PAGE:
Refugee Officer Amber
Job Title: Refugee Officer
Location: Washington, D.C. and Global Locations
USCIS Refugee Officers travel the globe to interview people who have been persecuted or fear they will be persecuted on account of race, religion, nationality, membership in a particular social group, or political opinion. The officers must determine applicants' eligibility and review security checks as they adjudicate claims. For security reasons we are not identifying or showing the officers whose comments appear below.
What is life for you like?
Traveling around the world was always my dream, and since becoming a Refugee Officer, I have worked in 10 different countries, on four continents, each location beautiful and memorable in its own way. While I thought my personal time exploring new places would impact my life the most, my work dealing with applicants and being with my team is what I find most rewarding.
Is the extended travel difficult?
My team and I are away from our families for six weeks at a time, but the work is rewarding. The trips are very mission-focused and I get to see firsthand the impact my work has on people. Our days are full as my team strives to perform the necessary number of interviews at each location, so six weeks goes by very quickly.
Between deployments to refugee camps, I work at our headquarters office in Washington, D.C. I am able to work a compressed schedule and telework once a week. Many of my co-workers also take advantage of these working arrangements, which help us fulfill commitments around our family lives.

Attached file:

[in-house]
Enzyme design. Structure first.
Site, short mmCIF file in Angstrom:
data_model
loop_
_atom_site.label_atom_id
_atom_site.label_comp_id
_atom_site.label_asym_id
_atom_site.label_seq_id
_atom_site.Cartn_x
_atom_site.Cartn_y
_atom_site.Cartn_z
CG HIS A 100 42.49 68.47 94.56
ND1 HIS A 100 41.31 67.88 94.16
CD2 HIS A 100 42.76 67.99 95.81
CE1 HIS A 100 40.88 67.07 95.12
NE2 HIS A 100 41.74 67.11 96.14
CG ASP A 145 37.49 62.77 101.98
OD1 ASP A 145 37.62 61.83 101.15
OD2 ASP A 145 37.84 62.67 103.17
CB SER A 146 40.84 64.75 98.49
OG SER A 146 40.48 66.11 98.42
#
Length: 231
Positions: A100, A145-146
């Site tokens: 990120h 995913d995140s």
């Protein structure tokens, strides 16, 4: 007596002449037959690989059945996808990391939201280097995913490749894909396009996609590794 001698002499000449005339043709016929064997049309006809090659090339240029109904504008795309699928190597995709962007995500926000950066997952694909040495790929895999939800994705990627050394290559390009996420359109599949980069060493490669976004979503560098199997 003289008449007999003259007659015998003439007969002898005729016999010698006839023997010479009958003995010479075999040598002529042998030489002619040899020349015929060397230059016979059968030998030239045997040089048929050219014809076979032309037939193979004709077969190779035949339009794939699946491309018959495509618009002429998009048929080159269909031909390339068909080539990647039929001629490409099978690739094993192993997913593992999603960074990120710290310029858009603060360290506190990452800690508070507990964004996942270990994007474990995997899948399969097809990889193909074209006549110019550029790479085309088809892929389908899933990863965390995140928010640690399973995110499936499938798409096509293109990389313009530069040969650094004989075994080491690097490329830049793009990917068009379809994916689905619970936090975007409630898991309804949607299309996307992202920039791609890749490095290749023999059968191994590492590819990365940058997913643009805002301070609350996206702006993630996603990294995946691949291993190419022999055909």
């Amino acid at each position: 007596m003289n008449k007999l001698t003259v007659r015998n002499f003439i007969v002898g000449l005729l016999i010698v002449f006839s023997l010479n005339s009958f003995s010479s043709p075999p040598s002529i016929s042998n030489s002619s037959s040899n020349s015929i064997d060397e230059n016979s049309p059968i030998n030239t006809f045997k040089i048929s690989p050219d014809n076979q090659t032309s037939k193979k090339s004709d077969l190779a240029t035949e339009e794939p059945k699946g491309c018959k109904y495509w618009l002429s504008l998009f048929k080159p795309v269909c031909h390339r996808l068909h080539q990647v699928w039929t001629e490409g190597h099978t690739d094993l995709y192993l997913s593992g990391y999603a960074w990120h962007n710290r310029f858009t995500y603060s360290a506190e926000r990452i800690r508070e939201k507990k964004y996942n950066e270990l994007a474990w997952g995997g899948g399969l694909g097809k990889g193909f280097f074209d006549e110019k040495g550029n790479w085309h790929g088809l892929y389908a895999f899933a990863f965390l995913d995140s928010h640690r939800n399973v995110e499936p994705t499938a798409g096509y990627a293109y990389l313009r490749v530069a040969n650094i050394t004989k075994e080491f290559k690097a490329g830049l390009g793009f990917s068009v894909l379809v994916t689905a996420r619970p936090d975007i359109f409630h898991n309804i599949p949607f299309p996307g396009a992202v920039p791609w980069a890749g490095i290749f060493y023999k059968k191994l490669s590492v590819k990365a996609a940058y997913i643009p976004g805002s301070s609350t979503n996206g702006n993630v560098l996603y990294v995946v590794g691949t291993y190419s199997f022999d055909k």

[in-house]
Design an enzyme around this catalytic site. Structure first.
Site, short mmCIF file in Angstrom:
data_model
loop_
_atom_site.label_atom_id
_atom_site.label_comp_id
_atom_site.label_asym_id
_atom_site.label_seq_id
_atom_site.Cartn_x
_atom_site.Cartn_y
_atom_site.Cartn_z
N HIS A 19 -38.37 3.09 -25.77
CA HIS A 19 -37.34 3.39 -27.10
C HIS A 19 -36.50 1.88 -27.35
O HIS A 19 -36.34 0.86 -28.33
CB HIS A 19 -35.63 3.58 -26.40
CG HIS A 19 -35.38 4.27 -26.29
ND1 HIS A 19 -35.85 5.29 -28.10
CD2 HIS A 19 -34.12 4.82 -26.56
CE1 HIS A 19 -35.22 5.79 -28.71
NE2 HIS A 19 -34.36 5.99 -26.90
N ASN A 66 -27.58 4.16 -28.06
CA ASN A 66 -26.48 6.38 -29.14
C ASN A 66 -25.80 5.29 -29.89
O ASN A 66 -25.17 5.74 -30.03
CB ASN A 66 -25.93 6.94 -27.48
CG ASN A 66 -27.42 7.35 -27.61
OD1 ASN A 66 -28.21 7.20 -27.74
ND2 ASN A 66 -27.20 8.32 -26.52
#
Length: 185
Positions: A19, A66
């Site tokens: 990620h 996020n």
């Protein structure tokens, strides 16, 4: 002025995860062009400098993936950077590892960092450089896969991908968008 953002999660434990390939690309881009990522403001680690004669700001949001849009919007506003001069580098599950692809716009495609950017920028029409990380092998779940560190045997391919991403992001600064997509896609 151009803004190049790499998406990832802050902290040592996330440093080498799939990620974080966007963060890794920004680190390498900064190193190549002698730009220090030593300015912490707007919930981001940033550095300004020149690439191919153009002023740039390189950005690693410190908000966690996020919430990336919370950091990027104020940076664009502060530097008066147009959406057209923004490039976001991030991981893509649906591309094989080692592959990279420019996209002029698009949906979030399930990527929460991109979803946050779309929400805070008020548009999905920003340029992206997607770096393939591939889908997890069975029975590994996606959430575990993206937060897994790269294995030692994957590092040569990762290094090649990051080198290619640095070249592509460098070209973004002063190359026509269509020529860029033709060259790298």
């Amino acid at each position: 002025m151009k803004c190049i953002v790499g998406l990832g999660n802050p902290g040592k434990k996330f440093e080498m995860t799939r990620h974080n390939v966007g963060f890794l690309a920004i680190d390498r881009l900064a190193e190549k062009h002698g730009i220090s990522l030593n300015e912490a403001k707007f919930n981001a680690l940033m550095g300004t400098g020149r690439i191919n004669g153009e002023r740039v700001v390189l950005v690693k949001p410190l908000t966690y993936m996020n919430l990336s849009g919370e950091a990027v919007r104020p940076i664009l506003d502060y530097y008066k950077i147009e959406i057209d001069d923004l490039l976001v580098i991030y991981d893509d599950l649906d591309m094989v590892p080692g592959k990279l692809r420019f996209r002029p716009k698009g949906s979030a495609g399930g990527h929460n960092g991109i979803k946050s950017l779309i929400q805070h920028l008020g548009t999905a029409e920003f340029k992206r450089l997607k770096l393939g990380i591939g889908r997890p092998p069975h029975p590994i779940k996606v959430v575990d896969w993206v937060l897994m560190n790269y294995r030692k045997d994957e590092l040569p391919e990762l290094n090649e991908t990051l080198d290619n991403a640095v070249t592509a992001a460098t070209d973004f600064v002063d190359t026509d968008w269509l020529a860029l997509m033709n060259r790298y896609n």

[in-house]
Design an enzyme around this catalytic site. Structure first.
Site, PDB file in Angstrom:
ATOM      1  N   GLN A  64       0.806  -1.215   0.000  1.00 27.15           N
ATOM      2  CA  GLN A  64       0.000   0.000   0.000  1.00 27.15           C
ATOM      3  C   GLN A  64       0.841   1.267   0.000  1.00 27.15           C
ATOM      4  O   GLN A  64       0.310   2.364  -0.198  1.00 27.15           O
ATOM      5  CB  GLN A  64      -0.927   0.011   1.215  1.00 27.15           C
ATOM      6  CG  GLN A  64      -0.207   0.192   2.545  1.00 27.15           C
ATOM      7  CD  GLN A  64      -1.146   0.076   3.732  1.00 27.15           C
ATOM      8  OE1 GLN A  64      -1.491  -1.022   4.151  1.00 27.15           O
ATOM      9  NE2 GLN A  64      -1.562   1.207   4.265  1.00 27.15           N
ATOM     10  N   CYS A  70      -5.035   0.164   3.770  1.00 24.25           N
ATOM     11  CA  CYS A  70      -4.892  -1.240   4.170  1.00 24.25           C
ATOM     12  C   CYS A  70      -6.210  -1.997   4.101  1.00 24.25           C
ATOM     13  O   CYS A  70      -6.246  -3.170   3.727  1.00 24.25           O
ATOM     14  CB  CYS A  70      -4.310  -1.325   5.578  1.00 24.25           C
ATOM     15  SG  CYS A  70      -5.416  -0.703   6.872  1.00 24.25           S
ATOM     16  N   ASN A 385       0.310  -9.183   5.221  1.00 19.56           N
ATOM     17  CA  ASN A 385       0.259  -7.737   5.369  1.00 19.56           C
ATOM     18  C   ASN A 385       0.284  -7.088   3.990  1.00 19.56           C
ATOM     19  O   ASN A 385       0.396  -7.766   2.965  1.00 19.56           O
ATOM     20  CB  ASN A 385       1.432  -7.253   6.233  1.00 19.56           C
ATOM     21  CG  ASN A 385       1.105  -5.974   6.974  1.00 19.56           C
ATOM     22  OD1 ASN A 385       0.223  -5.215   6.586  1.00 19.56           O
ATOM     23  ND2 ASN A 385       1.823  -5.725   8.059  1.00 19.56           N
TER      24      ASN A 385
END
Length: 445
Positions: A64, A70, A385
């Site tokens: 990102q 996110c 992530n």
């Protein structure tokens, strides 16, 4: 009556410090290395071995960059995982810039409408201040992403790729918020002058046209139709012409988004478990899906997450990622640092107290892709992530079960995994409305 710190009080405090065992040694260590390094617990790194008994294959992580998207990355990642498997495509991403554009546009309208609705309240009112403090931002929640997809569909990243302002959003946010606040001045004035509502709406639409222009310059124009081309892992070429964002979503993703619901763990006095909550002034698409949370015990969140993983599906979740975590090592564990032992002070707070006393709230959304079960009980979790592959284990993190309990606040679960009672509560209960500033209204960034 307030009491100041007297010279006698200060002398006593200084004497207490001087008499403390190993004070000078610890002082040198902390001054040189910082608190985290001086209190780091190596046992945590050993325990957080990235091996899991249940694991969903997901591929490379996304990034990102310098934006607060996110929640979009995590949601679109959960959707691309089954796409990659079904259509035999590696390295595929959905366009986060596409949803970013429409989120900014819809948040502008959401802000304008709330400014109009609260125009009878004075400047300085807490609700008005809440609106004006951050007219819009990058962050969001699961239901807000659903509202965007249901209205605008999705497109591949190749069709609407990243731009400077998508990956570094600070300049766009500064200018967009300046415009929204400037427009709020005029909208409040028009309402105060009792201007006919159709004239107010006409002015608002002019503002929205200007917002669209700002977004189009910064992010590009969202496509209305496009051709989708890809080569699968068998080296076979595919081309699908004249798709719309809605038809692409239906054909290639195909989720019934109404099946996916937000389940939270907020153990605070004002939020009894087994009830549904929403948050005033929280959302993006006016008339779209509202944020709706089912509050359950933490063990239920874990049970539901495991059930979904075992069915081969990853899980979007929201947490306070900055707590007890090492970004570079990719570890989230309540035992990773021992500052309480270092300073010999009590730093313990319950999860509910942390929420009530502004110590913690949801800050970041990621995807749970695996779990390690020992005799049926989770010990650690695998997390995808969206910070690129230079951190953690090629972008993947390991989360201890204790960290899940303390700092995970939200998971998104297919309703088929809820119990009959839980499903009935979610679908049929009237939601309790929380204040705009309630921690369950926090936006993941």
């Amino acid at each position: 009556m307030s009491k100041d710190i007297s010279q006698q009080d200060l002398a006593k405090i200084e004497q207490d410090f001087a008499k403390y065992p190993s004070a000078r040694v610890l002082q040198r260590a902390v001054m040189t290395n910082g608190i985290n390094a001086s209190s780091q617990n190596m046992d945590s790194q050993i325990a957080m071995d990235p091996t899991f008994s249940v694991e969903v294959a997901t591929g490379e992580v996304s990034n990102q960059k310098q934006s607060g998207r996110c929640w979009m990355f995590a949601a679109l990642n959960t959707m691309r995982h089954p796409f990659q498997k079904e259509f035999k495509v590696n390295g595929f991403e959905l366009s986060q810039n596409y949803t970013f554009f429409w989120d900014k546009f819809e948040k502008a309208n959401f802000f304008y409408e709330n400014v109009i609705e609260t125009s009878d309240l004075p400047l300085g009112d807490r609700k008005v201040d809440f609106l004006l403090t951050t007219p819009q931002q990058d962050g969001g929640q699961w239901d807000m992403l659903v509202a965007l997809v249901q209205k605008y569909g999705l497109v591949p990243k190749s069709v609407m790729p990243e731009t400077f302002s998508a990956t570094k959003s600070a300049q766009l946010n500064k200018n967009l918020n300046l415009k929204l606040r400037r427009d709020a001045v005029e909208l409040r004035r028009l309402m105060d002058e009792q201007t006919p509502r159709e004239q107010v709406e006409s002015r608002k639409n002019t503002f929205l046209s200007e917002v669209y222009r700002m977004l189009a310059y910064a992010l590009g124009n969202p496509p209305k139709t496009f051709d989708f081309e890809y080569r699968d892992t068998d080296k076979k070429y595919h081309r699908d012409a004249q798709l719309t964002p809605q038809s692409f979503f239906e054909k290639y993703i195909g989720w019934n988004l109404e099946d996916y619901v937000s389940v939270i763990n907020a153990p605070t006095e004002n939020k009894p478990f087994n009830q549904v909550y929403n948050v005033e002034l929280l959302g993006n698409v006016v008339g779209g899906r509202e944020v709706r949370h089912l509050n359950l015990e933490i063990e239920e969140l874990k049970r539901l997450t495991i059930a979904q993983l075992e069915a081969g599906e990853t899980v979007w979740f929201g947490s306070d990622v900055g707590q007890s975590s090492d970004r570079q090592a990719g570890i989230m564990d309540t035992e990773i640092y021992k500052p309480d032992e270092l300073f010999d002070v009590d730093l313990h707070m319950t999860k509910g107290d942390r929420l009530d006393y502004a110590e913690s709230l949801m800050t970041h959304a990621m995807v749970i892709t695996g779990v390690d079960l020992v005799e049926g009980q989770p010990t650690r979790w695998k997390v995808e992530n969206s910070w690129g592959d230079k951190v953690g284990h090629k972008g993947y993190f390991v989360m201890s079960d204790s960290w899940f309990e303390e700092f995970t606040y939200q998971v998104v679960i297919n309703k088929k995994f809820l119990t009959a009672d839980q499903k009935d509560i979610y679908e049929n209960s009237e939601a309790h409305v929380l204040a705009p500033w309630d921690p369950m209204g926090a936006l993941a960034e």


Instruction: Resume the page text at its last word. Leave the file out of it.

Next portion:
How did you come to work as a refugee officer?
I graduated in 2003 with a bachelor’s degree in political science and then studied law. My first job was with the USCIS Asylum Office in San Francisco as an Asylum Officer. I later transferred to Washington, D.C., as a Refugee Officer. USCIS has offices worldwide, and I hope to work in the Lima, Peru, office one day.
I feel a personal connection to my work. My uncle came to the United States as a refugee many years ago. I often think about him when I’m in the field interviewing refugees. I think about how the person sitting in front of me is someone’s child, uncle or parent. I am humbled daily by their stories, not only of hardship and pain, but of resilience and a desire to fight on another day. I am grateful that I now have the opportunity to help them start new lives.
What is the most challenging part of your job?
The most challenging part of my job is listening to all the stories of persecution. But after the terrible things the applicants have endured, often they are still full of compassion, love and hope. I cherish the knowledge that I have a role in helping deserving applicants find the protection they need.
How about the most rewarding part of your job?
I take pride and comfort in the fact that our agency helps so many people turn things around and begin a new life. Last year, we helped almost 70,000 refugees resettle in the United States.
National security is also an important part of my job. I have to make sure there is nothing in a person’s background that makes them ineligible to resettle in the U.S. This can be challenging, but while the humanitarian aspect of my job is very rewarding, I also take my role in protecting the integrity of the immigration system very seriously. My duty as a Refugee Officer is to help protect the U.S. and ensure only a deserving and eligible person takes one of the limited refugee slots.
Photo courtesy of UNHCR